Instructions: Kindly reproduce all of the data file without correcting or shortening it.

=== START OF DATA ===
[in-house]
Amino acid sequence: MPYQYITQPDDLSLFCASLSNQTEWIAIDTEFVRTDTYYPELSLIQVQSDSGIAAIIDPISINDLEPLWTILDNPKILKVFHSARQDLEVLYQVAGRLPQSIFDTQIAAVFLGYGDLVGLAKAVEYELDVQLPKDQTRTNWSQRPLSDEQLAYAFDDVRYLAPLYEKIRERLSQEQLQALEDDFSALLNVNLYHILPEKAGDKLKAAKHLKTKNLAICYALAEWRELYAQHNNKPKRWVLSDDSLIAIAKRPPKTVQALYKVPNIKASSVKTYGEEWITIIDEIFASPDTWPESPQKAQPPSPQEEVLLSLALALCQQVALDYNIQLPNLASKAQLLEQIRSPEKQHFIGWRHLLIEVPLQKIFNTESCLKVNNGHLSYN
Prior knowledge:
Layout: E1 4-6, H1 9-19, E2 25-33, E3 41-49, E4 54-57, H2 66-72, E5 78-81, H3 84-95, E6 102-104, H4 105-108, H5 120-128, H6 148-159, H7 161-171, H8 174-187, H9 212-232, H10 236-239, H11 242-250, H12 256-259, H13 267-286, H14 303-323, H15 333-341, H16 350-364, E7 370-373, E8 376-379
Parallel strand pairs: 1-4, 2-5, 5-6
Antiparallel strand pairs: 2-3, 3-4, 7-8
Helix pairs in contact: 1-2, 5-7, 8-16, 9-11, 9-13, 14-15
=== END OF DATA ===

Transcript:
[in-house]
Amino acid sequence: MPYQYITQPDDLSLFCASLSNQTEWIAIDTEFVRTDTYYPELSLIQVQSDSGIAAIIDPISINDLEPLWTILDNPKILKVFHSARQDLEVLYQVAGRLPQSIFDTQIAAVFLGYGDLVGLAKAVEYELDVQLPKDQTRTNWSQRPLSDEQLAYAFDDVRYLAPLYEKIRERLSQEQLQALEDDFSALLNVNLYHILPEKAGDKLKAAKHLKTKNLAICYALAEWRELYAQHNNKPKRWVLSDDSLIAIAKRPPKTVQALYKVPNIKASSVKTYGEEWITIIDEIFASPDTWPESPQKAQPPSPQEEVLLSLALALCQQVALDYNIQLPNLASKAQLLEQIRSPEKQHFIGWRHLLIEVPLQKIFNTESCLKVNNGHLSYN
Prior knowledge:
Layout: E1 4-6, H1 9-19, E2 25-33, E3 41-49, E4 54-57, H2 66-72, E5 78-81, H3 84-95, E6 102-104, H4 105-108, H5 120-128, H6 148-159, H7 161-171, H8 174-187, H9 212-232, H10 236-239, H11 242-250, H12 256-259, H13 267-286, H14 303-323, H15 333-341, H16 350-364, E7 370-373, E8 376-379
Parallel strand pairs: 1-4, 2-5, 5-6
Antiparallel strand pairs: 2-3, 3-4, 7-8
Helix pairs in contact: 1-2, 5-7, 8-16, 9-11, 9-13, 14-15